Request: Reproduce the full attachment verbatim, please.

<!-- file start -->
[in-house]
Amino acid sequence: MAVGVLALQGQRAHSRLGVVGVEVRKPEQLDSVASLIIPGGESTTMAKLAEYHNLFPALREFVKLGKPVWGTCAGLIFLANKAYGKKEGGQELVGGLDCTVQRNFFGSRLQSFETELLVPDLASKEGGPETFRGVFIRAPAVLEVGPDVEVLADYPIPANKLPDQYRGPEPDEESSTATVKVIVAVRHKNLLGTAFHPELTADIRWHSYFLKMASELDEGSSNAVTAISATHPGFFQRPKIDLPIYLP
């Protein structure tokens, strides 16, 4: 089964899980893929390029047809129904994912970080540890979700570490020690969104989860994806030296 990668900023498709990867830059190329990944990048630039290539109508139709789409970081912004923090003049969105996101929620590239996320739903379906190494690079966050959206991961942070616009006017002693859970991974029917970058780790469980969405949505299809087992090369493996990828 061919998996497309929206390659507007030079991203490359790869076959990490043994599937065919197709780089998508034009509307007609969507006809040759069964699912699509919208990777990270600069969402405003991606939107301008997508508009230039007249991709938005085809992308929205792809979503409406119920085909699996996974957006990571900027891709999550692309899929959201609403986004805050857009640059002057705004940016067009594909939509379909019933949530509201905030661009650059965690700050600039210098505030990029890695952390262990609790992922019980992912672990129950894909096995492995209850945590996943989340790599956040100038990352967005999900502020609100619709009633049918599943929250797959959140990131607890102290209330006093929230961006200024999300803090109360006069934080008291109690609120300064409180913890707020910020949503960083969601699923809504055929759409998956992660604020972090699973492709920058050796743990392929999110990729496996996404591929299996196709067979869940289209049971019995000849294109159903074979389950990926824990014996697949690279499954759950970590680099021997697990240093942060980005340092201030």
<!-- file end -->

[in-house]
Amino acid sequence: MAVGVLALQGQRAHSRLGVVGVEVRKPEQLDSVASLIIPGGESTTMAKLAEYHNLFPALREFVKLGKPVWGTCAGLIFLANKAYGKKEGGQELVGGLDCTVQRNFFGSRLQSFETELLVPDLASKEGGPETFRGVFIRAPAVLEVGPDVEVLADYPIPANKLPDQYRGPEPDEESSTATVKVIVAVRHKNLLGTAFHPELTADIRWHSYFLKMASELDEGSSNAVTAISATHPGFFQRPKIDLPIYLP
């Protein structure tokens, strides 16, 4: 089964899980893929390029047809129904994912970080540890979700570490020690969104989860994806030296 990668900023498709990867830059190329990944990048630039290539109508139709789409970081912004923090003049969105996101929620590239996320739903379906190494690079966050959206991961942070616009006017002693859970991974029917970058780790469980969405949505299809087992090369493996990828 061919998996497309929206390659507007030079991203490359790869076959990490043994599937065919197709780089998508034009509307007609969507006809040759069964699912699509919208990777990270600069969402405003991606939107301008997508508009230039007249991709938005085809992308929205792809979503409406119920085909699996996974957006990571900027891709999550692309899929959201609403986004805050857009640059002057705004940016067009594909939509379909019933949530509201905030661009650059965690700050600039210098505030990029890695952390262990609790992922019980992912672990129950894909096995492995209850945590996943989340790599956040100038990352967005999900502020609100619709009633049918599943929250797959959140990131607890102290209330006093929230961006200024999300803090109360006069934080008291109690609120300064409180913890707020910020949503960083969601699923809504055929759409998956992660604020972090699973492709920058050796743990392929999110990729496996996404591929299996196709067979869940289209049971019995000849294109159903074979389950990926824990014996697949690279499954759950970590680099021997697990240093942060980005340092201030």